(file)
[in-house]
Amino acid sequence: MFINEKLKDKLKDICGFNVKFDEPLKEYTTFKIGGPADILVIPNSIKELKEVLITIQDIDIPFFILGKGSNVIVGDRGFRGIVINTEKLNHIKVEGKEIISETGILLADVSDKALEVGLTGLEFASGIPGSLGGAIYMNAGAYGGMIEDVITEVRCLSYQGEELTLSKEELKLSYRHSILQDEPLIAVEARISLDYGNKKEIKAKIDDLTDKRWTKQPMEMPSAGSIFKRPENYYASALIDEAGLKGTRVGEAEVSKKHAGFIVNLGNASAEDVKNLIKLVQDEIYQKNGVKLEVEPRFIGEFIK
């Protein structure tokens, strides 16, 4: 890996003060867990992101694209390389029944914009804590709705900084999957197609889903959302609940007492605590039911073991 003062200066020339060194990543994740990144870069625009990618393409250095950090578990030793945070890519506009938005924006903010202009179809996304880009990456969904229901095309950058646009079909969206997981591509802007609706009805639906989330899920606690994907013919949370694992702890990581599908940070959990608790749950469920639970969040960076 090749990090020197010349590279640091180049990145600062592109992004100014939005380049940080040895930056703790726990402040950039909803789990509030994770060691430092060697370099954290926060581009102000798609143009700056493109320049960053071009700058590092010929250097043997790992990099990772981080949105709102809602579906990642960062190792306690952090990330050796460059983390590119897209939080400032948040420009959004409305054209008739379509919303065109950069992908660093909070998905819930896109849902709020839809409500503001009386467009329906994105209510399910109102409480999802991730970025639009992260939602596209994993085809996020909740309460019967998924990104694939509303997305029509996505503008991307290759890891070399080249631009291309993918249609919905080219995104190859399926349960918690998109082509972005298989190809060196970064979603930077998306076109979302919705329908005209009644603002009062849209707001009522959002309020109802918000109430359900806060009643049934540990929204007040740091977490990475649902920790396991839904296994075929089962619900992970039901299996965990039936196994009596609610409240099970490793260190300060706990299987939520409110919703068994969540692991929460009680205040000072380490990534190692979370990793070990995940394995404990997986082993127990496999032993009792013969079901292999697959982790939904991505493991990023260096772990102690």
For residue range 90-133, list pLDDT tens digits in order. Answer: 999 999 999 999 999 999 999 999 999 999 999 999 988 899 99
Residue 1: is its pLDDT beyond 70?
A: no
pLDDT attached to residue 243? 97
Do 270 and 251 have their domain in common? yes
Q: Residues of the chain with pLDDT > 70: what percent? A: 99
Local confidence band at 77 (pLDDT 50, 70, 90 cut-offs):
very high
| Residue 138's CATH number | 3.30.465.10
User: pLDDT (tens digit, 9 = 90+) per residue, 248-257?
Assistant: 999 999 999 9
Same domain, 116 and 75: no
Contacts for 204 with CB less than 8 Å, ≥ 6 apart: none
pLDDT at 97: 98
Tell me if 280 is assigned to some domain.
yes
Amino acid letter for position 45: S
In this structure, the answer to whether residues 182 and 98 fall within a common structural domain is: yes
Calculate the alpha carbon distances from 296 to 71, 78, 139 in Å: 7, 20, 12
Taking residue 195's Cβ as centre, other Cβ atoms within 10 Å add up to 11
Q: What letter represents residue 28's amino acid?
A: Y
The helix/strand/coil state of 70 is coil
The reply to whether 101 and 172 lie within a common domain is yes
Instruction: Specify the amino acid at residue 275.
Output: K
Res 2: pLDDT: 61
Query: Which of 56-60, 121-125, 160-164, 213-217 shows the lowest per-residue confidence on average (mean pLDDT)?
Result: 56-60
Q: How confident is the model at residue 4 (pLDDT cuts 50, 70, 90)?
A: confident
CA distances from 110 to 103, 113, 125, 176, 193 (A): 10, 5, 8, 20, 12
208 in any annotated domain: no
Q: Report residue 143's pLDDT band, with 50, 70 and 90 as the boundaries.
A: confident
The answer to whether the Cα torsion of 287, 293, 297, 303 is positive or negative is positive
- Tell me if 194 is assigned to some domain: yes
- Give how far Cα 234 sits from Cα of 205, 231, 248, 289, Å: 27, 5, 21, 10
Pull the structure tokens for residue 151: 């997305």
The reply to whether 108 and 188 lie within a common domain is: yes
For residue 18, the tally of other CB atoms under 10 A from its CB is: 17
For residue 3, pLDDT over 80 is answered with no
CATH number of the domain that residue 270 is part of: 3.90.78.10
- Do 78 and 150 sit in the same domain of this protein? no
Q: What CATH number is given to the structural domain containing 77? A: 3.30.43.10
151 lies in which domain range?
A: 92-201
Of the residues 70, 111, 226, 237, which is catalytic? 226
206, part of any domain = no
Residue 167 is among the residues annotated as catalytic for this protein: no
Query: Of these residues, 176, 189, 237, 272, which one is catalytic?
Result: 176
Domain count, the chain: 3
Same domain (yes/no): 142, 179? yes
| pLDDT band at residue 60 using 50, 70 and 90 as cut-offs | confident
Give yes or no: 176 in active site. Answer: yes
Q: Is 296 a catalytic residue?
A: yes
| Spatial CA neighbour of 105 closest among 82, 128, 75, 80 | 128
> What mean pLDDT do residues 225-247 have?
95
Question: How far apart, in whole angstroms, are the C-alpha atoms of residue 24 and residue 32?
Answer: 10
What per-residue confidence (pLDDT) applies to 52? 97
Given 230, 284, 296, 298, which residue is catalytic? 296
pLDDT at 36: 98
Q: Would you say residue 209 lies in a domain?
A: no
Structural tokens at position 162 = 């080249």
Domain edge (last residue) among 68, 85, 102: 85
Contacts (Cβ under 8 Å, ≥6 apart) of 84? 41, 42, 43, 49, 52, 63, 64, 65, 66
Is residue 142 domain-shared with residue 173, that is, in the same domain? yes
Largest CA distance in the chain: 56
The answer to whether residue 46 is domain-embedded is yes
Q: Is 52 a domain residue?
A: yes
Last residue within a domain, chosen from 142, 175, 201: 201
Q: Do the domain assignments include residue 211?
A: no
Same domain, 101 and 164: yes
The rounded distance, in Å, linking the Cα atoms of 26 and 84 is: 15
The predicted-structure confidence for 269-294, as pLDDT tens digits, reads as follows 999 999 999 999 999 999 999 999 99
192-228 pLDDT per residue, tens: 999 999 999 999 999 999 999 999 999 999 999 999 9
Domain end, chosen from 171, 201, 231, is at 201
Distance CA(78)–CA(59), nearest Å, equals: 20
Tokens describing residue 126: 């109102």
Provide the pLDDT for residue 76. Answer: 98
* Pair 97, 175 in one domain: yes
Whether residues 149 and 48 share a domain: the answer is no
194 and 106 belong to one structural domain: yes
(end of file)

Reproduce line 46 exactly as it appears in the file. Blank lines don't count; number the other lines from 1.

CATH number of the domain that residue 270 is part of: 3.90.78.10